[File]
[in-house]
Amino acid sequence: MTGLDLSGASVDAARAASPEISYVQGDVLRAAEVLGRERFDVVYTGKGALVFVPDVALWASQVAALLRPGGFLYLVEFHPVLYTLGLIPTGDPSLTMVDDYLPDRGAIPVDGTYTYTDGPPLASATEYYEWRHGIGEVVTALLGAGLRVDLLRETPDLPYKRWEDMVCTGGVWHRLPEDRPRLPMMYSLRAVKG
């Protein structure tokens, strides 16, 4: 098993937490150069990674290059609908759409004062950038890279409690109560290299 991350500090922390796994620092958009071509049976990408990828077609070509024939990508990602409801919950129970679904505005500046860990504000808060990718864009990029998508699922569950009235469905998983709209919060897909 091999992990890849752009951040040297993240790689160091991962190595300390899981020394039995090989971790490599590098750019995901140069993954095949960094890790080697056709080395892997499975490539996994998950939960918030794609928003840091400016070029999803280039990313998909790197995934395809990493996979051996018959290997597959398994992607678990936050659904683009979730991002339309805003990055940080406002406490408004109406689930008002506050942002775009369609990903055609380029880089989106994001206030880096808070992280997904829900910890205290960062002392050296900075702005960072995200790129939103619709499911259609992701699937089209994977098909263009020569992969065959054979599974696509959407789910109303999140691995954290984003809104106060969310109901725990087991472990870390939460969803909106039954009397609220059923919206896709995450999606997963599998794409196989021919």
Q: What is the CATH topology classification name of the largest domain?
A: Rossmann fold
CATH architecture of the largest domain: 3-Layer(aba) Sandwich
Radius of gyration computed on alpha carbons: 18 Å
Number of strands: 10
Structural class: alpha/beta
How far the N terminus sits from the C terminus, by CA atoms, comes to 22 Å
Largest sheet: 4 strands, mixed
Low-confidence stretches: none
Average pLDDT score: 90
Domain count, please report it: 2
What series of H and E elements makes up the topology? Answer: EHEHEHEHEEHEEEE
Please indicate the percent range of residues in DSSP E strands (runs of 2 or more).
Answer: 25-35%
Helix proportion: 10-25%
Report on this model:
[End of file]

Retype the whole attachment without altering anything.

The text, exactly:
[in-house]
Amino acid sequence: MTGLDLSGASVDAARAASPEISYVQGDVLRAAEVLGRERFDVVYTGKGALVFVPDVALWASQVAALLRPGGFLYLVEFHPVLYTLGLIPTGDPSLTMVDDYLPDRGAIPVDGTYTYTDGPPLASATEYYEWRHGIGEVVTALLGAGLRVDLLRETPDLPYKRWEDMVCTGGVWHRLPEDRPRLPMMYSLRAVKG
């Protein structure tokens, strides 16, 4: 098993937490150069990674290059609908759409004062950038890279409690109560290299 991350500090922390796994620092958009071509049976990408990828077609070509024939990508990602409801919950129970679904505005500046860990504000808060990718864009990029998508699922569950009235469905998983709209919060897909 091999992990890849752009951040040297993240790689160091991962190595300390899981020394039995090989971790490599590098750019995901140069993954095949960094890790080697056709080395892997499975490539996994998950939960918030794609928003840091400016070029999803280039990313998909790197995934395809990493996979051996018959290997597959398994992607678990936050659904683009979730991002339309805003990055940080406002406490408004109406689930008002506050942002775009369609990903055609380029880089989106994001206030880096808070992280997904829900910890205290960062002392050296900075702005960072995200790129939103619709499911259609992701699937089209994977098909263009020569992969065959054979599974696509959407789910109303999140691995954290984003809104106060969310109901725990087991472990870390939460969803909106039954009397609220059923919206896709995450999606997963599998794409196989021919």
Q: What is the CATH topology classification name of the largest domain?
A: Rossmann fold
CATH architecture of the largest domain: 3-Layer(aba) Sandwich
Radius of gyration computed on alpha carbons: 18 Å
Number of strands: 10
Structural class: alpha/beta
How far the N terminus sits from the C terminus, by CA atoms, comes to 22 Å
Largest sheet: 4 strands, mixed
Low-confidence stretches: none
Average pLDDT score: 90
Domain count, please report it: 2
What series of H and E elements makes up the topology? Answer: EHEHEHEHEEHEEEE
Please indicate the percent range of residues in DSSP E strands (runs of 2 or more).
Answer: 25-35%
Helix proportion: 10-25%
Report on this model: